FIGS. 2A and 2B illustrate the upper and lower portions respectively of an embodiment of a packer assembly, disposed in a well casing C that incorporates various features of the invention. The embodiment of FIGS. 2A and 2B can be run into a well-bore (not shown) on tubing T and is actuated (i.e. triggered) hydraulically to become “set.” The tubing T can be threadedly coupled to an upper mandrel (or mandrel sub) 31 by threads 20, thus rendering the bore 8 of tubing T in communication with the packer bore 26 a. The packer bore 26 a is formed by upper mandrel 31 and various other subcomponents that together form a packer mandrel as will be described in detail below.

The mandrel sub 31 is telescopically received through the upper end of a body B, which is releasably connected to mandrel sub 31 by suitable frangible means such as shear pins 32 as is well known to those of skill in the art. In an embodiment, shear pins 32 may extend through body B and into sub 31. An annular cap 33 is threadedly engaged in the upper end of body B at threads 134 and the cap 33 terminates in the shoulder 34 internally of body B as shown. Mandrel sub 31 has shoulder 35 extending outwardly between mandrel sub 31 and body B which engages shoulder 34 when the packer is being unset so that mandrel sub 31 may be moved up by the tubing T.

As shown in FIG. 2A, the body B forms a hollow spring cage housing 55 a containing a resilient element 55. In an embodiment, the shear pins 32 are shown extending through cap 33 and into mandrel sub 31, but those of skill in the art will recognize that the location and type of such frangible means may be other than that in the example embodiment without exceeding the scope of the present invention. In an embodiment, the longitudinal body B is hollow and resilient element 55 (which may be a coil spring or some other equivalent resilient element) is positioned therein between the annular shoulder 56 at the lower end of body B and the shoulder 35 a formed by the end of the mandrel sub 31 as shown.

The spring element 55 is typically collapsed when the tool is assembled as the body B is moved up on the packer mandrel to be secured to the mandrel sub 31 by the frangible means 32. It remains collapsed or partially collapsed as the body B is moved down along the packer mandrel by hydraulic forces created during the setting process as will be described in more detail below. Those of skill in the art will recognize that other known embodiments of packers may not make use of a resilient element 55. For example, an alternate embodiment of a packer that does not make use of a resilient element 55 is disclosed in the above-referenced '547 patent.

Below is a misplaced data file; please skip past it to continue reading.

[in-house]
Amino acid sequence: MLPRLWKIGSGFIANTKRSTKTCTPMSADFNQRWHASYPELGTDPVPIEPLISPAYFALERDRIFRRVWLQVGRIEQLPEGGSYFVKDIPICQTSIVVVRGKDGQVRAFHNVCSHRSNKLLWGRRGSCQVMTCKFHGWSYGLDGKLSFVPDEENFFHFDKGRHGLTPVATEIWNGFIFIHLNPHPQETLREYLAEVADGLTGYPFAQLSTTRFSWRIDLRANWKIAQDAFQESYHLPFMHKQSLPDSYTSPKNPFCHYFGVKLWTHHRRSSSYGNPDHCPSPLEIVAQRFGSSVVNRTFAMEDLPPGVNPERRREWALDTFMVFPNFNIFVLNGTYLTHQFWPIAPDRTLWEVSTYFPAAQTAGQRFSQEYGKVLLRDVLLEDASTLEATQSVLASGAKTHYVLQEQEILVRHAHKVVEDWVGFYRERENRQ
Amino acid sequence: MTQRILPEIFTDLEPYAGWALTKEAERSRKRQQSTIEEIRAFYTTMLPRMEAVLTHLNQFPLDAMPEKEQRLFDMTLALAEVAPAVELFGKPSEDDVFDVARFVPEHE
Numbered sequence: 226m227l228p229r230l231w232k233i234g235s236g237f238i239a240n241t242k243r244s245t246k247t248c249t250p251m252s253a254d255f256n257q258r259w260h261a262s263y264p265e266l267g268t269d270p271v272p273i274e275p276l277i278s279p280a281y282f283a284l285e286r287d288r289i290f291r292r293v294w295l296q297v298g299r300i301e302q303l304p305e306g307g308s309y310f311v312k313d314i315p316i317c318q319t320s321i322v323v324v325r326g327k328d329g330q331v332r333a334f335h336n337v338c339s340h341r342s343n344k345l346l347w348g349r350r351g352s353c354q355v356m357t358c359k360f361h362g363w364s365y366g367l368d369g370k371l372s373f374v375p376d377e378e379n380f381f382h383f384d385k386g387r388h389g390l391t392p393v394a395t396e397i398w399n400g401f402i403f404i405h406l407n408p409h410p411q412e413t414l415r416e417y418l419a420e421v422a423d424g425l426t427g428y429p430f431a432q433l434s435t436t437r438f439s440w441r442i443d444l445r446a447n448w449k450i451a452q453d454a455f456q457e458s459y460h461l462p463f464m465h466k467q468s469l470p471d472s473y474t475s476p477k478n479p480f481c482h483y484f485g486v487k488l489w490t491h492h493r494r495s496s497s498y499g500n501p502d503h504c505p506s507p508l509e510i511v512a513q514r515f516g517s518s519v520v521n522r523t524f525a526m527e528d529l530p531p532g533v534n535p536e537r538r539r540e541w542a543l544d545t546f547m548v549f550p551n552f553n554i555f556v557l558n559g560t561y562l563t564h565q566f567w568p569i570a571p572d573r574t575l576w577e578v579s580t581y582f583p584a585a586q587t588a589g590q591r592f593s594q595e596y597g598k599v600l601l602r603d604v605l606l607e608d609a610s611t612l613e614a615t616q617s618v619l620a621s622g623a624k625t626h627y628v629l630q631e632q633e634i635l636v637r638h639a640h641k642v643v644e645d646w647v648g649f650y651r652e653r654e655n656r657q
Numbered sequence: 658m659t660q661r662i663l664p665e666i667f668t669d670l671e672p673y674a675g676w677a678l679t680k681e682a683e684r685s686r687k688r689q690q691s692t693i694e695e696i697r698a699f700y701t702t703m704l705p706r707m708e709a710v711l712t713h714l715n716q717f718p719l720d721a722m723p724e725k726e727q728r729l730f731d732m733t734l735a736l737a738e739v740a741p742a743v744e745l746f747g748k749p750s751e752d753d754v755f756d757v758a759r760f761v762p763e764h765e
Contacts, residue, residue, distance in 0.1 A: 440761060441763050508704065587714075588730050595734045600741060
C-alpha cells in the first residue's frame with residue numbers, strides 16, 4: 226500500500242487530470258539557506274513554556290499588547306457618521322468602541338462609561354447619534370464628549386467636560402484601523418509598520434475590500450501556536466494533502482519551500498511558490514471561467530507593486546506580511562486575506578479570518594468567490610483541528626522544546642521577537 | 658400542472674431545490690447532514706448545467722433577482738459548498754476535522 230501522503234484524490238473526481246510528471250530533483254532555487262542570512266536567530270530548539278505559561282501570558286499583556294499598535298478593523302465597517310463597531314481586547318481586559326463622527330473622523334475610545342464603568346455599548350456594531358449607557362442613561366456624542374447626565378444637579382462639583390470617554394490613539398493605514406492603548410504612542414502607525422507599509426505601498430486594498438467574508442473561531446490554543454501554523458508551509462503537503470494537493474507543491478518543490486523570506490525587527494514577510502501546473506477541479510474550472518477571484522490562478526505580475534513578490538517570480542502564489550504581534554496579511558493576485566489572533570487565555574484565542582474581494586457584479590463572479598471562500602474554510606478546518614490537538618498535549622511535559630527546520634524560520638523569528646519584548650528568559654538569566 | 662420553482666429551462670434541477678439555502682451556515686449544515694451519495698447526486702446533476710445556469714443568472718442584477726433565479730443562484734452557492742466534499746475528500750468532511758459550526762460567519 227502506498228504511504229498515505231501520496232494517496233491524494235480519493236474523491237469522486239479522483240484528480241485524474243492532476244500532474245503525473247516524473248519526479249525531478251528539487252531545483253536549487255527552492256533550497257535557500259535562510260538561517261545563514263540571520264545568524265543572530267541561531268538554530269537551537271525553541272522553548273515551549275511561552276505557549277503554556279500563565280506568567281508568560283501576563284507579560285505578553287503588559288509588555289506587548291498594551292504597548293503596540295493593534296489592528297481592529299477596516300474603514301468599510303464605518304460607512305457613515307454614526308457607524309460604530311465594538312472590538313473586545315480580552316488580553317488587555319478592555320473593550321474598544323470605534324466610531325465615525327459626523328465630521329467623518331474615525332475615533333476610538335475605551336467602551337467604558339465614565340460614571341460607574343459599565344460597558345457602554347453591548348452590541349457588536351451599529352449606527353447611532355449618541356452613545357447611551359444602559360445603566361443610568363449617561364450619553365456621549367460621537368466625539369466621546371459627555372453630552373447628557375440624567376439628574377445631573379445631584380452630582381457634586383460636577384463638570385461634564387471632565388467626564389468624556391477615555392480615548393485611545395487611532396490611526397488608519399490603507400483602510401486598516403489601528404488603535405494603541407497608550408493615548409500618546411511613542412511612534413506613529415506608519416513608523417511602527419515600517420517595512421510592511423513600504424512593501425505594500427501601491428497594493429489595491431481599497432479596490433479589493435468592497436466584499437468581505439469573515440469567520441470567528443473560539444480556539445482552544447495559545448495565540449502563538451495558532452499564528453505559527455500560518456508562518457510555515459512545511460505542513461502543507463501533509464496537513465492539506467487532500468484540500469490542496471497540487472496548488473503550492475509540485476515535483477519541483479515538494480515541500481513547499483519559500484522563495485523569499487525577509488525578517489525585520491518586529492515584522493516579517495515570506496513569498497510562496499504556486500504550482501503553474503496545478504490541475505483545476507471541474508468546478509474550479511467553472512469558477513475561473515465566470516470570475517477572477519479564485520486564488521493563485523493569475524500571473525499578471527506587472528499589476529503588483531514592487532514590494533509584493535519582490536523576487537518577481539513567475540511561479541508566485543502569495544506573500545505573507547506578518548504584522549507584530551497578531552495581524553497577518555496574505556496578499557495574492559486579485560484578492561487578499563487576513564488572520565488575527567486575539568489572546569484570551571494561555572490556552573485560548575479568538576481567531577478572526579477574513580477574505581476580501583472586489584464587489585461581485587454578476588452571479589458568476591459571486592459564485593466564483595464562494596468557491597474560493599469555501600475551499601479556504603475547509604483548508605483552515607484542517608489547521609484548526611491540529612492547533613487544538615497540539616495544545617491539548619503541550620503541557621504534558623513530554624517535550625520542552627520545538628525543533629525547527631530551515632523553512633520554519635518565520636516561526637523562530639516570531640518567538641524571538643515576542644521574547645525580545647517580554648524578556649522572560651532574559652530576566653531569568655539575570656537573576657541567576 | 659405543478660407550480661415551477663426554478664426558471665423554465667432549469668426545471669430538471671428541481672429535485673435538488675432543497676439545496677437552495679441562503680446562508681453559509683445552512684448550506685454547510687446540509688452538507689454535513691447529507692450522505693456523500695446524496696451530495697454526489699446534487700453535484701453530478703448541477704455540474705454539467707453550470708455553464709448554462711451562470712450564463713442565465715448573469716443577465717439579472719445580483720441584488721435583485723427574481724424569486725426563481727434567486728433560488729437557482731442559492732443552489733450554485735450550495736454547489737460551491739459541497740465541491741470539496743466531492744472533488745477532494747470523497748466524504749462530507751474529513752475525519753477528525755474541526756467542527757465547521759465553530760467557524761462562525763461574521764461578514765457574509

The packer mandrel may be formed of any suitable number of tubular portions, in addition to mandrel sub 31, as is known to those of skill in the art. In an embodiment, this may include an upper tubular portion or sub 14 (which is threadedly connected to mandrel sub 31 at 16) and a lower tubular portion or sub 15, which are threadedly connected together through a rotatable lug assembly 500. A more detailed description of an embodiment of the rotatable lug assembly will be presented later in the description.

In an embodiment, a member referred to generally at 26 (and is sometimes referred to as a packer support or a rubber mandrel), provides a support for the rubber sealing elements P that are used to seal the casing C when the packer is set. The packer support 26 includes a support sleeve 27 and upper 102 and lower 104 slip and cone assemblies. It serves to extend or move the packer or seal elements referred to generally at P, along with the upper and lower slip and cone anchor assemblies 102, 104, into sealing and securing relation with the inner surface or annular wall of the casing C.

In an embodiment, the upper assembly 102 includes upper slips 57 supported at the lower end of the body B in a manner well known to those skilled in the art and are adjacent to (and while in the “armed” state, preferably not in contact with) an annular, tapered surface 58 a forming a conical surface or cone supported on the upper end of the packer support 26. The lower assembly 104 includes a movable end portion 60 on the lower end of packer support 26, which has an annular tapered surface 61 forming a conical surface or cones for engagement with adjacent lower slips 62 on member 25 when the packer is set. Those of skill in the art will recognize that the structure and relationship of the cones 58 a, 61 and slips 57, 62 may be accomplished in any manner suitable for setting the packer.